By Anna Billy | 29 August, 2022
James Bay’s third studio album, Leap, sonically encapsulates summer back road driving with friends where the windows are rolled down and the roaring cicadas drown out the car radio. When asked how he envisions the best way to listen to his new body of work he confidently answered, “listening [to] while in transit.” While he believes the car is an appropriate setting, he prefers listening to the album on train or bus rides, because he does not have to pay as close attention to his surroundings. He can, instead, absorb each individual track and feel the music to the fullest. Bay also confided that the scents he would choose to describe his album would be “sandalwood, dawnlight, and laying down in the grass.” His insistence on these particular fragrances encapsulates the essence of his sound. Leap symbolizes his intention of creating an album which represents overcoming hardship. Bay was very adamant during the writing process in wanting to show the ways in which music can serve as therapy.
The ability to be vulnerable is not something that comes naturally or easily. Bay suggested that musicians are only able to express themselves lyrically because the difficulty of opening up to another person is too great. With his previous two albums, Bay primarily worked alone but wanted to challenge himself to create with more collaborators. However, the pandemic inevitably threw a wrench in his plan. After taking several months to work in solitude, he began collaborating with other artists and producers via zoom. He mused that “collaboration is the spice of life”, and noted the appreciation he had for community in order to “bounce whatever is in your brain off other people, off other voices, [and] off other minds.”
Working with FINNEAS on “Save Your Love” was one of Bay’s most exciting collaborations during the writing and producing process of Leap. Through mutual connections on their respective teams, they were able to collaborate despite FINNEAS reigning as one of the “busiest, most important dudes in music right now” according to Bay. Using one of the most raw forms of a demo - a voice note from Bay’s phone — FINNEAS “wanted to do it right.” Therefore, over the course of their zoom call, Bay allowed him to take the lead, which he jokingly referred to as “finneas-ing” the song. He concluded that because of their collaborative process, the finished product ensured that “every sound felt important and exciting.” When listening to the track, it is evident there is a touch of FINNEAS: simple guitar melodies and stacked vocals to create a choir-esque ambiance.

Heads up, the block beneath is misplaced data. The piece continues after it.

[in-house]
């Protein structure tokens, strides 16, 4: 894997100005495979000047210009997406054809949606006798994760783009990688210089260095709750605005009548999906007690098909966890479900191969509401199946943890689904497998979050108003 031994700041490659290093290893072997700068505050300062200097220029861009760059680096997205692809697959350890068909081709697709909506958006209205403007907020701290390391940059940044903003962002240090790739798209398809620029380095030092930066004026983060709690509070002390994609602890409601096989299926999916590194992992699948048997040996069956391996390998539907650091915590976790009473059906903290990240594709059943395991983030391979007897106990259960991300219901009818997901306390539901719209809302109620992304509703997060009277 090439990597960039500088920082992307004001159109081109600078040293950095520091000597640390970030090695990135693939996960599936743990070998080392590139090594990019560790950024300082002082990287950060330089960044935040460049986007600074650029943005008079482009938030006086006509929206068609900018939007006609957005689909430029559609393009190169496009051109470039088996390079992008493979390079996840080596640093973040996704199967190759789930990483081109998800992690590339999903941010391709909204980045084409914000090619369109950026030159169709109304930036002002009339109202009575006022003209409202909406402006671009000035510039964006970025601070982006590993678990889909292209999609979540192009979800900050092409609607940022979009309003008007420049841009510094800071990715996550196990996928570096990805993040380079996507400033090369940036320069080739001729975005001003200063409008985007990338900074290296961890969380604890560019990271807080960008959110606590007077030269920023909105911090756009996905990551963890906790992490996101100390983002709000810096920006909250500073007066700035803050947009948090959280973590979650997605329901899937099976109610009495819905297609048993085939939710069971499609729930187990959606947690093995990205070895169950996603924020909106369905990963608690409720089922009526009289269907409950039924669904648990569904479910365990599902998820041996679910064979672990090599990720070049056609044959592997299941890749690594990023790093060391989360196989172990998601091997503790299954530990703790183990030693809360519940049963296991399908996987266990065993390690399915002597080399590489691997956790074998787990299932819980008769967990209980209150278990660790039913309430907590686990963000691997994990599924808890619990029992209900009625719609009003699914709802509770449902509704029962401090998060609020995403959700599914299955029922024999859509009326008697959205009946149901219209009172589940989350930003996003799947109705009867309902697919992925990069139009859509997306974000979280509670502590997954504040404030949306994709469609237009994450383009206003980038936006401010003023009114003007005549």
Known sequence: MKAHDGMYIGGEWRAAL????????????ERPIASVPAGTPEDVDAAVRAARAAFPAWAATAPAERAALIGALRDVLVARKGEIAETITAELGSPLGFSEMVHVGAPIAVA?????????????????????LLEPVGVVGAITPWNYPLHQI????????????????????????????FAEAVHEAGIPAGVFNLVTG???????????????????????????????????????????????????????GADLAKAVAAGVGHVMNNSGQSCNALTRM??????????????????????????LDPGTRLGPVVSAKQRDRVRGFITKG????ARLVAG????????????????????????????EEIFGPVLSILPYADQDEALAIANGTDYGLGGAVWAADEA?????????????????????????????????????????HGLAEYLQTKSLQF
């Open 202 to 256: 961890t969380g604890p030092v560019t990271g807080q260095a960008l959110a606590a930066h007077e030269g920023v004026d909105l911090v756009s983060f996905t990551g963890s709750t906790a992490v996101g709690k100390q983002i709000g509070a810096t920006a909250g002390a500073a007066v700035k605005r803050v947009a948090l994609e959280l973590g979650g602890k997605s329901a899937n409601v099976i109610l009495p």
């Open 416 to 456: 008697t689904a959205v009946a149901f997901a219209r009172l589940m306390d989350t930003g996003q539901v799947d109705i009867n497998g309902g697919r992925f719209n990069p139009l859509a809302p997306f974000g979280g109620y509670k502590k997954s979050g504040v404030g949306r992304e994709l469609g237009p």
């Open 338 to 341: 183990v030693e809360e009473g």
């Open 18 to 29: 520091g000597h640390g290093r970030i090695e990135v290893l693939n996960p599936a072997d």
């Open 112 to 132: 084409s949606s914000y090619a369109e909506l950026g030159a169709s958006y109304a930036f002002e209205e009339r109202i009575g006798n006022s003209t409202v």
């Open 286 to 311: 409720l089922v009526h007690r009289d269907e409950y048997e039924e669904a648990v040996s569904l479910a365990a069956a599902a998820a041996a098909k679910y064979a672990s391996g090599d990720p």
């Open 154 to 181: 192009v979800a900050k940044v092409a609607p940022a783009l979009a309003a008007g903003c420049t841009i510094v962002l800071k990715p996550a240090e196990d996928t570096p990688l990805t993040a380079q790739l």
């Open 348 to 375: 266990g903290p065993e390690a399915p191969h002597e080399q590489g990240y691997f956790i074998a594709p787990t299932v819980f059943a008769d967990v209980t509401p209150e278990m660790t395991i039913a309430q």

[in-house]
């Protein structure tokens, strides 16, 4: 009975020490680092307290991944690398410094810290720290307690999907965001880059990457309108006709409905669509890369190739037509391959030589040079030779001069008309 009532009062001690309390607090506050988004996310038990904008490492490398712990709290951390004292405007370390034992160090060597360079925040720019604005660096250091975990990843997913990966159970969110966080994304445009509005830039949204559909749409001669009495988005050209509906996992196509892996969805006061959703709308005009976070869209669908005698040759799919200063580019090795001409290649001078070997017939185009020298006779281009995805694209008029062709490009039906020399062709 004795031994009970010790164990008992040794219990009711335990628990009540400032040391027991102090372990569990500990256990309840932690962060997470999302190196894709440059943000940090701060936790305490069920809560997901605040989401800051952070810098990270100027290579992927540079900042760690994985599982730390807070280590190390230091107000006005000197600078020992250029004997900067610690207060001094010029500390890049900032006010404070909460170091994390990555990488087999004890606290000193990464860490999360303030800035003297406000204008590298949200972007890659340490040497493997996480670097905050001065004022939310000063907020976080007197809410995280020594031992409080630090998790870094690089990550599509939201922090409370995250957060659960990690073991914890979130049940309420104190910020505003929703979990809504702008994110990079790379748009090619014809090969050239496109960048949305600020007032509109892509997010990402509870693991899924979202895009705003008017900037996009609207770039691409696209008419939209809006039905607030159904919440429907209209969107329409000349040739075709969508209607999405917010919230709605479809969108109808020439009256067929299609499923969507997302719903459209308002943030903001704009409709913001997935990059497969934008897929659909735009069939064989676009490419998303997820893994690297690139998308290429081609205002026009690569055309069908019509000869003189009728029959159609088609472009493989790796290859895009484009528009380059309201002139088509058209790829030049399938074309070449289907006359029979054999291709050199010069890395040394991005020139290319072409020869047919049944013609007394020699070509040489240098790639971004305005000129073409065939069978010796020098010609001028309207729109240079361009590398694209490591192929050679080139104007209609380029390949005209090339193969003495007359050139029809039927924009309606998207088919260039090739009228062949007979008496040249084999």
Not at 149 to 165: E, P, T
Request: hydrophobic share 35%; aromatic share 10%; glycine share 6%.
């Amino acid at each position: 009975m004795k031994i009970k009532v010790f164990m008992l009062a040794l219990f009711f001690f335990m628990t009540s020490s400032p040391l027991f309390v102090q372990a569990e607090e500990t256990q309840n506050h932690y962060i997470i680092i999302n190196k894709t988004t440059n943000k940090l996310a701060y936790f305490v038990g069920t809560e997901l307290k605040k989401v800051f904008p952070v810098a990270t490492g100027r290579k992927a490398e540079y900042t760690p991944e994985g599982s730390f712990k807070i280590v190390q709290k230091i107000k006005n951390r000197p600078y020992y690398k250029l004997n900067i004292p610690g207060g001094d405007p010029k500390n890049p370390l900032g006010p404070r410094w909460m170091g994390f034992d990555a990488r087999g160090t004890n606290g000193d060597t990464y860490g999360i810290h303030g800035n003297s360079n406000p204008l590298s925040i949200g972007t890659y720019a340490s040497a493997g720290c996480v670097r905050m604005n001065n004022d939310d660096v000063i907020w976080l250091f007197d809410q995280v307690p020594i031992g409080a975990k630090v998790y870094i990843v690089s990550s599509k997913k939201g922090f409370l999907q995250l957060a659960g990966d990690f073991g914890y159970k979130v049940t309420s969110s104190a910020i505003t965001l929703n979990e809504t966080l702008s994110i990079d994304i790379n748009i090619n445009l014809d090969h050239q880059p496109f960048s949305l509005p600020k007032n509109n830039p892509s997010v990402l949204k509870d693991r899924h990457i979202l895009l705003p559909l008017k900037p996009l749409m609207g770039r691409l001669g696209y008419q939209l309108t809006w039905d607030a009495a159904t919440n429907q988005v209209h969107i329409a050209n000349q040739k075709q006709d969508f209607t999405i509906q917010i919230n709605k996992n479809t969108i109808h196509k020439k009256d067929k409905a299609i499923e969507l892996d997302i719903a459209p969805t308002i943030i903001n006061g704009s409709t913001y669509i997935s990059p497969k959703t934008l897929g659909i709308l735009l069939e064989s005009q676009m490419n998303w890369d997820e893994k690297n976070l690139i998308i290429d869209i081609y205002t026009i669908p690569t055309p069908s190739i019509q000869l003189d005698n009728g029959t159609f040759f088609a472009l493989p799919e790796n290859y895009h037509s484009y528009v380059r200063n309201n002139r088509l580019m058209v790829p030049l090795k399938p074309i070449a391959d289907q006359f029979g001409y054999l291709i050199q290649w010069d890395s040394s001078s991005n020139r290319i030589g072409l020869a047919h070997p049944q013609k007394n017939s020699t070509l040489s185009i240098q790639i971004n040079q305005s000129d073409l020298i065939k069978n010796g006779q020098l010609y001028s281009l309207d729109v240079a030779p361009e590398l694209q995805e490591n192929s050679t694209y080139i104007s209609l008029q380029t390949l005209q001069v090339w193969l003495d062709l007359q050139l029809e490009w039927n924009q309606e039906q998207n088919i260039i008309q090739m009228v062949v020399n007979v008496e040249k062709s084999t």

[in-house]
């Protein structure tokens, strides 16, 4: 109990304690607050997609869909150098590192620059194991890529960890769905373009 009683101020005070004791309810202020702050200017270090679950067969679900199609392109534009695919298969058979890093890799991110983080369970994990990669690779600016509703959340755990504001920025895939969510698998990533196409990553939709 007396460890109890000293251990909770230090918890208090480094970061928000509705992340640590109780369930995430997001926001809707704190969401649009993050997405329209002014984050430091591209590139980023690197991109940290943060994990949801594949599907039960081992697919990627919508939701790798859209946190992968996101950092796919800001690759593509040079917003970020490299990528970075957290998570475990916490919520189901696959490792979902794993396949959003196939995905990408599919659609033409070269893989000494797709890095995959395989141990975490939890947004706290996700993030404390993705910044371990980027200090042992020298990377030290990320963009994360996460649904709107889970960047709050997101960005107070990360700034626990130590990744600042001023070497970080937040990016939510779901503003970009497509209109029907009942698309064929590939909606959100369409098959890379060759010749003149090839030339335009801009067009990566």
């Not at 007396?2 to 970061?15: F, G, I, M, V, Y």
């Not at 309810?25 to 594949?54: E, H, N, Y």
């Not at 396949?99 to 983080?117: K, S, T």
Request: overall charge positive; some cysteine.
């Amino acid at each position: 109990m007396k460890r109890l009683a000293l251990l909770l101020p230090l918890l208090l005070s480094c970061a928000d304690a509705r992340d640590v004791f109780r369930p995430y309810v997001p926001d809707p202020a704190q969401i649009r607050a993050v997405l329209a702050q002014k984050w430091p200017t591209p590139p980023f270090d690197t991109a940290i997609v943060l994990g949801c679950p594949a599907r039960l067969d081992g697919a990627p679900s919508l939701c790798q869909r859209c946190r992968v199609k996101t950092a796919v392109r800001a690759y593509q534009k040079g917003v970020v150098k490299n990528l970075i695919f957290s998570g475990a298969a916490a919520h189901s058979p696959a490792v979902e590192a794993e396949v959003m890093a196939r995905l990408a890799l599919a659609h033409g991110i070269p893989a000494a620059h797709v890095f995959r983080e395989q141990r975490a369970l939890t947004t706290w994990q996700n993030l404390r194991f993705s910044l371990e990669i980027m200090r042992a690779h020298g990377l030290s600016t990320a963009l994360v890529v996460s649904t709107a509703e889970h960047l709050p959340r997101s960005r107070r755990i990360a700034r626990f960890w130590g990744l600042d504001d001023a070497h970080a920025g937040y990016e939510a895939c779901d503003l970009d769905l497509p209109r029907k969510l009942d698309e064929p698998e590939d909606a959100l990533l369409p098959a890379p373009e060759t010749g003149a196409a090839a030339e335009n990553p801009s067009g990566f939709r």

When asked about the inspiration behind Leap, James Bay cited a John Burroughs quote: “leap and the net will appear.” He elaborated to say his writing specifically shifted once coming across this quote because of his previous battle with anxiety and depression in 2019. Burrough’s words sent “a jolt of lightning” through Bay which instigated a renewed perspective – his senses refined and his focus sharpened, clearing the haze that had kept him from writing and creating. The album, then, shifted to become a collection of hopeful anthems that aim to inspire others to keep pushing forward, not letting their mental health define them. In his own words, “you have to reach f***ing high; you have to leap and not worry if there is a net that is going to catch you. It is just about the reach, it is about the leap, it is about the going for it.” His shifted mentality not only radically transformed how this record took shape but also inspired the title. Without John Burroughs, Leap would not have heavily relied on the themes of love and loss.
While most songs in the pop canon center around love, Bay specified Leap’s focus on discussing love within the context of interpersonal relationships. His interest in drawing inspiration from many different forms of media led him to James Baldwin’s writing while crafting the album. An avid fan of Baldwin’s literature since his early twenties, Bay discussed the ways in which Baldwin beautifully captures love, anguish, and heartache and the ways in which it resonates deeply with his own lived experience. He continued on to note that almost all of his music is “rooted in personal experience… because that is what [he] knows the most about.” Furthermore, in order to challenge himself during the writing process, he frequently wrote about what he knew because it felt important but strove to “write just beyond it” in order to push the boundaries of his creativity. This unique approach enabled him to search for just the right synonym, or the perfect metaphor to translate his individual lived experience into an almost universal experience for listeners everywhere.
Leap exemplifies James Bay’s ability to construct an emotionally charged body of work by innovating commonly used tropes. Discerned to be a “return to basics” compared to the grit of his previous albums, Leap displays Bay’s multidimensionality as an artist. In Bay’s own words, he relaxed and “allowed [himself] to be drawn to what felt effortless.” As a result, diminishing the sonics of each track allowed him to push lyrical boundaries, and showcase how the hardship he faced pre and post-pandemic shaped his music. The chorus to “Endless Summer Nights” exemplifies his refined skill exquisitely: “some moments don’t reverse / so stay up with me forever / throw your arms around the night / all we are is now and never / give me endless summer nights.” When listening to the penultimate track, I can feel the wind rushing past my face as I grip my friends hands screaming the lyrics, watching the last bit of a sunset fade behind the open road.